Television Vs Movies

If a genie would grant any wish your heart desired, but you were only able to watch TV or movies for the rest of your life, what would you choose? You don’t believe in wishes…okay. Let’s say Hollywood only has enough money to keep one industry alive, and you are tapped to make the decision of which will continue, do you keep movies or television? That scenario doesn’t make any sense, you say…well, you are just being difficult and don’t understand how hypothetical questions work.


A great television show is able to create layers of complexity into the world and its characters. Throughout a season, audiences have approximately twenty-two hours to build a relationship with the cast and learn about the mythology. Creators are able to introduce subtleties and foreshadow events which might not occur for episodes (or seasons). This long form version of storytelling can lead to amazing payoffs as viewers’ hopes finally come true or the conventions previously established are turned on their head.

The ability to watch an episode at a time or binge watch a season offers fans choice. And having more options is always better, right? If you want to stay up to speed and tune in every week, go for it. If you prefer to not start a show until the final episode has aired, that would work (as long as you are able to avoid spoilers). There is more control with how television is consumed than movies, which typically ask the viewer to sit down for at least two hours. The smaller time commitment means that fans can squeeze in episodes of their favorite shows at more convenient times. If you wake up before work, you might not have time for a full film, but you could watch a quick sitcom episode.

Films might have character arcs, but television has character sagas. If a show runs long enough, viewers will see them go through a series of trials and life events. It is possible to watch these characters evolve through multiple phases of their lives. There is something to be said for watching a coming of age show like The Wonder Years or Boy Meets World, when you happen to be in the exact same age range as the protagonists and grow up with them.


Once the title cards end, viewers are treated to a complete story (usually) before the credits role. Movies offer audiences a tale with a defined beginning, middle and end to enjoy. There is no “To be continued…” or cliffhanger ending that could take all summer to resolve. The experience is a single piece of media that can be consumed with little to no regard for anything else. Even the connected movies, such as Marvel’s franchise, are meant to be watched one at a time and are not required viewing across series.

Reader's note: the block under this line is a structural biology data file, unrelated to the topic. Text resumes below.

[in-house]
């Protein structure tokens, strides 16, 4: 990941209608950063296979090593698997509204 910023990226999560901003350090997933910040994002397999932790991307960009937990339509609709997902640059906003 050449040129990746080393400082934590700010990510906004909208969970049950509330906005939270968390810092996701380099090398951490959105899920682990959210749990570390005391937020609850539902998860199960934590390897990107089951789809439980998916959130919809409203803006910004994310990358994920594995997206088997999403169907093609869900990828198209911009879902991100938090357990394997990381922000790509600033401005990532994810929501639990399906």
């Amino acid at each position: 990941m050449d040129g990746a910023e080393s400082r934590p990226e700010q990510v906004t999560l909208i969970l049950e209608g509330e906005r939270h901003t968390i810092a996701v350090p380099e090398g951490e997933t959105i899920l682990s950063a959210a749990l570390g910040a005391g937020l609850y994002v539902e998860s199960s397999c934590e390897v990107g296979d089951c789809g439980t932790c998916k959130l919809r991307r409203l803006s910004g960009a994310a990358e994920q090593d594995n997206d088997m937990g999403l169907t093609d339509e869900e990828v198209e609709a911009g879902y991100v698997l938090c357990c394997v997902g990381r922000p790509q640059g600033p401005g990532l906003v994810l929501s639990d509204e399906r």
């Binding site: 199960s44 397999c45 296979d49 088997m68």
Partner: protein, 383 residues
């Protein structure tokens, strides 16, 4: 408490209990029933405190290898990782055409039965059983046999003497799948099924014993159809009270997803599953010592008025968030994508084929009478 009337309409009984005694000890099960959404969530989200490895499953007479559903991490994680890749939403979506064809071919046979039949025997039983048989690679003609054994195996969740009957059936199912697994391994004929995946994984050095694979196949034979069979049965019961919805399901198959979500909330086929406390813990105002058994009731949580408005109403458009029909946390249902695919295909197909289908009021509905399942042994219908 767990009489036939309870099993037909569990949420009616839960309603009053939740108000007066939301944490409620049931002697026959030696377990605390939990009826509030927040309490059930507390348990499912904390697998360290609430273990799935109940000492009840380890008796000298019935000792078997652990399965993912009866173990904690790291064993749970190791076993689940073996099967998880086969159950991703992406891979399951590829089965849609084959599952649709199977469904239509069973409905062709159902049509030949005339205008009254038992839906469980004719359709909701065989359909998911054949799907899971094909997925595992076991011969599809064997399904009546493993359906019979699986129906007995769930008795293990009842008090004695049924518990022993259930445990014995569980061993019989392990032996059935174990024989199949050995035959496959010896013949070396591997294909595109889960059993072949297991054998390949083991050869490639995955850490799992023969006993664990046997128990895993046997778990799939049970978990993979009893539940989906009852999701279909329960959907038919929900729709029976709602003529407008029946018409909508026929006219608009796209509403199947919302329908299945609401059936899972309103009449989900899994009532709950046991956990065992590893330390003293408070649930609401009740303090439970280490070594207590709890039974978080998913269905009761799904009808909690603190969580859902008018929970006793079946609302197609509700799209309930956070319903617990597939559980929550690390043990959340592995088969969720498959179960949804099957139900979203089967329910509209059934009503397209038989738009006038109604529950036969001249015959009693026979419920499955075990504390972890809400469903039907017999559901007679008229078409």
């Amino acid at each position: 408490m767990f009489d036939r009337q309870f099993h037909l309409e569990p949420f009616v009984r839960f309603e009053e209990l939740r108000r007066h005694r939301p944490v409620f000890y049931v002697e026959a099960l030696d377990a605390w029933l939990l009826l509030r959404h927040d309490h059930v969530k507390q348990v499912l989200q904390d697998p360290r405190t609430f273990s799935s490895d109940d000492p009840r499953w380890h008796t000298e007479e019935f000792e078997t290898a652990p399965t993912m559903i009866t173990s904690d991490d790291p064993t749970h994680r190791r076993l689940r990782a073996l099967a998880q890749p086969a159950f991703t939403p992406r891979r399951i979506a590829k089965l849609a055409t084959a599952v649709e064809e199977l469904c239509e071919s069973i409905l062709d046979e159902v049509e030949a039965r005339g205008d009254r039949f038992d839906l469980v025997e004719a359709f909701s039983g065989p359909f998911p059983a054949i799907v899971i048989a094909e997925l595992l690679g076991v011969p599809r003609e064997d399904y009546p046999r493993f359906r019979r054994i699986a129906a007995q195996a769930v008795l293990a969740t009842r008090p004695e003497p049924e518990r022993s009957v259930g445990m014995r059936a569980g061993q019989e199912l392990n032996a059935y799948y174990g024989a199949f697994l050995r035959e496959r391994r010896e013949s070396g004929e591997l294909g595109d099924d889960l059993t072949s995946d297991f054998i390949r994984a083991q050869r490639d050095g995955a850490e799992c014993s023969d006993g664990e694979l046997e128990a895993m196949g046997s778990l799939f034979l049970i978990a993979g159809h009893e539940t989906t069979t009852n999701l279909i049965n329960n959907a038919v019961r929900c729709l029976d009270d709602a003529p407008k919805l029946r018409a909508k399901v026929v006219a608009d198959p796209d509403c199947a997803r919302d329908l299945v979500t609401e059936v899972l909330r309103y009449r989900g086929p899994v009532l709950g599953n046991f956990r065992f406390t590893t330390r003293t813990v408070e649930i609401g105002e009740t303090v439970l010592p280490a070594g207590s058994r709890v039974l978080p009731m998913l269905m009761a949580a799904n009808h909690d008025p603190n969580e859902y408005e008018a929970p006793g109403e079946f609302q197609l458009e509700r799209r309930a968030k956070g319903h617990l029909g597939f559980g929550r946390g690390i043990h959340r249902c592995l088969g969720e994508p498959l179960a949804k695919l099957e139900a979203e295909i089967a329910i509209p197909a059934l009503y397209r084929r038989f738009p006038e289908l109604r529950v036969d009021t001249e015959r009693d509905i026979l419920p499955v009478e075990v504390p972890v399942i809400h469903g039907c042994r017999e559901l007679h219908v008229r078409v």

The production budgets within cinema are larger than television. This impacts every aspect of the final product. Typically, the actors, script, director and set pieces are better or larger in scale. The special effects are more detailed and head and shoulders above of what will be shown on television. The story is able to take place across multiple set pieces and juggle a more varied cast to help build a more robust world. When studios spend two hundred million to create two hours of footage instead of a million dollars for an hour, there is a noticeable difference in the production values.

Finally, while watching a movie, there is a feeling of consistency that is not available on television. The same director, writer and crew help out in every facet of the movie. This ensures that there is an even feeling throughout the product. Television suffers from rotating writers and crew. One episode could be a serious commentary on a social issue and the next week could feature a musical spoof. Within movies there is a uniform feel and vision for the story.


My cop-out answer is that I would rather watch a mediocre movie than a mediocre television show, but I enjoy a great show more than a great movie.

If the genie or Hollywood agent came to my door, I would give the edge to television. When I think of the properties that I enjoyed most throughout my life: Doctor Who, Chuck, How I Met Your Mother (first three seasons), Teenage Mutant Ninja Turtles, Batman The Animated Series and a plethora of others…they’re all TV shows. There are movies that I enjoyed watching and I will continue to get excited about midnight releases for the rest of my life, but there is something about watching a TV show that is able to capture the case/freak of the week scenario and build a greater universe that films won’t be able to trump.

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